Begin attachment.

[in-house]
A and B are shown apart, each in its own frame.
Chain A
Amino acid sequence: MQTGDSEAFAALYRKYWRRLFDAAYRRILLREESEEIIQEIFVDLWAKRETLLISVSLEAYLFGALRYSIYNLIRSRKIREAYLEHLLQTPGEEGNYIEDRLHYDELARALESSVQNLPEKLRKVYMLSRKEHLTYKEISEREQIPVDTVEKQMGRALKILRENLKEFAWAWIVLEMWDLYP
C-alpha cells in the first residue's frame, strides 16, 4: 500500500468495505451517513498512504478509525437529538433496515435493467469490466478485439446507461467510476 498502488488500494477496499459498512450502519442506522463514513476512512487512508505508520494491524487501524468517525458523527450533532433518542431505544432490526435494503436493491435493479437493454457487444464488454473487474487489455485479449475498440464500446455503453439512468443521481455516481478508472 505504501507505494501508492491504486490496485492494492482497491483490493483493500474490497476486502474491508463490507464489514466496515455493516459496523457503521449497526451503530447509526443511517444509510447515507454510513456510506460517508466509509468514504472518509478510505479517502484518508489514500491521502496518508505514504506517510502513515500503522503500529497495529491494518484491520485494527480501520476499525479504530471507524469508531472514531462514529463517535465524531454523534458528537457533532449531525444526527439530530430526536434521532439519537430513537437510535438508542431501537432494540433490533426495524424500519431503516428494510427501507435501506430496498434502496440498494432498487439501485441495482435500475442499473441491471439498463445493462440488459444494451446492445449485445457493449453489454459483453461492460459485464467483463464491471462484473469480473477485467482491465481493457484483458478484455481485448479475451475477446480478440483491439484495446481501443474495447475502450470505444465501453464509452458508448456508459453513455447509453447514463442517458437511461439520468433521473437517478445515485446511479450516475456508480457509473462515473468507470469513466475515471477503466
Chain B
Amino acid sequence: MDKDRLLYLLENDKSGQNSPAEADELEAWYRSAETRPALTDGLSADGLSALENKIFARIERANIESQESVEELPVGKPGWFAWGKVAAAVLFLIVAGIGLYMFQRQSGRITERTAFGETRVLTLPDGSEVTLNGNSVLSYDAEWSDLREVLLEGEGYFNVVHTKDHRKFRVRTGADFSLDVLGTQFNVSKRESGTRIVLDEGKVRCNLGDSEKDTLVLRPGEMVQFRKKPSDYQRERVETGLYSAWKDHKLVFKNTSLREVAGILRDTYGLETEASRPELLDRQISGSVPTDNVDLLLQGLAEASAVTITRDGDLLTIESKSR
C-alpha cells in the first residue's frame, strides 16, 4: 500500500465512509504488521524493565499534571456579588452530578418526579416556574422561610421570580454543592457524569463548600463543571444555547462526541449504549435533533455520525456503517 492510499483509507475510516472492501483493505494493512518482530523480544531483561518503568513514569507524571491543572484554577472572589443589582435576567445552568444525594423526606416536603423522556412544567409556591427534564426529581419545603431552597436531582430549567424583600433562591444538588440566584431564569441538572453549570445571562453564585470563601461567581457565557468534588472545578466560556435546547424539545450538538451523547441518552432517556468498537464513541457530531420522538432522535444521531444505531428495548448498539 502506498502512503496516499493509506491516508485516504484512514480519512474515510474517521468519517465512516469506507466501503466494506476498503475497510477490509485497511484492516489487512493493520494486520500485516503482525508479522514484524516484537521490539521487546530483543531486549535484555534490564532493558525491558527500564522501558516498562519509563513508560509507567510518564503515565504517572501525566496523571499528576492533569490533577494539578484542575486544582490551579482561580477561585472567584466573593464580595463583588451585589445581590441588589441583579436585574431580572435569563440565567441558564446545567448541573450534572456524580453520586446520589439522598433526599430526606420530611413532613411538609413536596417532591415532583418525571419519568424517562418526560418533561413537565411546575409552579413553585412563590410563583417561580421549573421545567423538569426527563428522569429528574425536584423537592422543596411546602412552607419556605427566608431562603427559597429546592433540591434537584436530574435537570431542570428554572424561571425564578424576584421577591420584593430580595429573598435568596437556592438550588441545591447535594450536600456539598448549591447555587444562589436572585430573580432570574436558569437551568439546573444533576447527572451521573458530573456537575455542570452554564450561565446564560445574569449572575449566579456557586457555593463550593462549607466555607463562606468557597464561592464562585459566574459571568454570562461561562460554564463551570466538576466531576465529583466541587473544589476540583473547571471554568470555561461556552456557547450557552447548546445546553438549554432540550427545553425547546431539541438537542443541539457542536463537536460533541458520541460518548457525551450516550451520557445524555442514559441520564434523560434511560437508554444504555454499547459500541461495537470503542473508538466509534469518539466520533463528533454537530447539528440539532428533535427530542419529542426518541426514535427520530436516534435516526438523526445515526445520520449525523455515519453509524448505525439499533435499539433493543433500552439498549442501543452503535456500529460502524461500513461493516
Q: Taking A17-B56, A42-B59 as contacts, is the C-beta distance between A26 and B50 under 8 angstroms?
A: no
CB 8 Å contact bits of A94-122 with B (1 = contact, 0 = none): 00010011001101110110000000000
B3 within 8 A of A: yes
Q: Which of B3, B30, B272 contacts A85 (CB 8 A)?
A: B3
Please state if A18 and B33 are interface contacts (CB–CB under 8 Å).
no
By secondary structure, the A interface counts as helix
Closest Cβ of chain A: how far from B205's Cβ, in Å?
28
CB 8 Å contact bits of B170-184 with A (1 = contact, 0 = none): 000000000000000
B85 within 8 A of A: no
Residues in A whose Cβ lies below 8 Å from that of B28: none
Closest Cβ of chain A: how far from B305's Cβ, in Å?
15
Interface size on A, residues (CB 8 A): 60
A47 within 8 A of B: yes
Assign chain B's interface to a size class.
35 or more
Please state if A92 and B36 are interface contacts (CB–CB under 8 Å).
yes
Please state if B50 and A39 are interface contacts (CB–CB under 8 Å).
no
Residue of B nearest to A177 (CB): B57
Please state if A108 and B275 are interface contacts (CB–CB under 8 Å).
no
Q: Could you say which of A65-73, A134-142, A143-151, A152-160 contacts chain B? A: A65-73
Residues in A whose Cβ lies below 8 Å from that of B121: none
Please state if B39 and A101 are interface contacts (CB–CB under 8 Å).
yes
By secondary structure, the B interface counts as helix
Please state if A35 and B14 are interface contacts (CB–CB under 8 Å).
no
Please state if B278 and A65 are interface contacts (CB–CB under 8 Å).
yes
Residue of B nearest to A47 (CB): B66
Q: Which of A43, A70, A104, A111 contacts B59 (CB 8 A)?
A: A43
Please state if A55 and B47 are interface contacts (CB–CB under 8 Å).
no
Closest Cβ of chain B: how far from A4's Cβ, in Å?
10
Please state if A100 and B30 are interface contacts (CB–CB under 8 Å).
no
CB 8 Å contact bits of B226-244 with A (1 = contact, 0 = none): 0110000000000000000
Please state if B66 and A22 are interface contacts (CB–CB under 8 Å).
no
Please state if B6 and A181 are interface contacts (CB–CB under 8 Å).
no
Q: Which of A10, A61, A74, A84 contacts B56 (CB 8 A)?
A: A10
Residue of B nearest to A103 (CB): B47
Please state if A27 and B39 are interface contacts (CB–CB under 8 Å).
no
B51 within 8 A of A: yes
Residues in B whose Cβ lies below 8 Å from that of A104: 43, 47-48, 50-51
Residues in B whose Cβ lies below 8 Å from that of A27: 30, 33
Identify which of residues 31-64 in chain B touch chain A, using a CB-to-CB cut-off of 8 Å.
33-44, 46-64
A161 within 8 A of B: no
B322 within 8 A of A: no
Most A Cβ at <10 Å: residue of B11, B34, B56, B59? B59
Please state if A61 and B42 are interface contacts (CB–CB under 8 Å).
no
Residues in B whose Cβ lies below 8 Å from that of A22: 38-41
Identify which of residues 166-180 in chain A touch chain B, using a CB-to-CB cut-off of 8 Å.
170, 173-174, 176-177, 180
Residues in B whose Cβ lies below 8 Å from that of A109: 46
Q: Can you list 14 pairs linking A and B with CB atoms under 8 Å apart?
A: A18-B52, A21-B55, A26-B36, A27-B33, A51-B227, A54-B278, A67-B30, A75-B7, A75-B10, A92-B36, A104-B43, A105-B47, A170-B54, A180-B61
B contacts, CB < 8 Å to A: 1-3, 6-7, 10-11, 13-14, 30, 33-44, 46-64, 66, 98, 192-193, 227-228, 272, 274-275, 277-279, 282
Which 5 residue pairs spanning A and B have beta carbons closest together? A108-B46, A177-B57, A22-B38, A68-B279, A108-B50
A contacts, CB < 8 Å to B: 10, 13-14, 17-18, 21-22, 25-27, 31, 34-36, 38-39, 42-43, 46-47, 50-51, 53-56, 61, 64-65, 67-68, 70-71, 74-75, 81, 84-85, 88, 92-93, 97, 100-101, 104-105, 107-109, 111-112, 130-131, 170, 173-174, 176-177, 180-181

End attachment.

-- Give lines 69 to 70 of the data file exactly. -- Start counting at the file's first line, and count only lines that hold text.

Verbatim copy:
A161 within 8 A of B: no
B322 within 8 A of A: no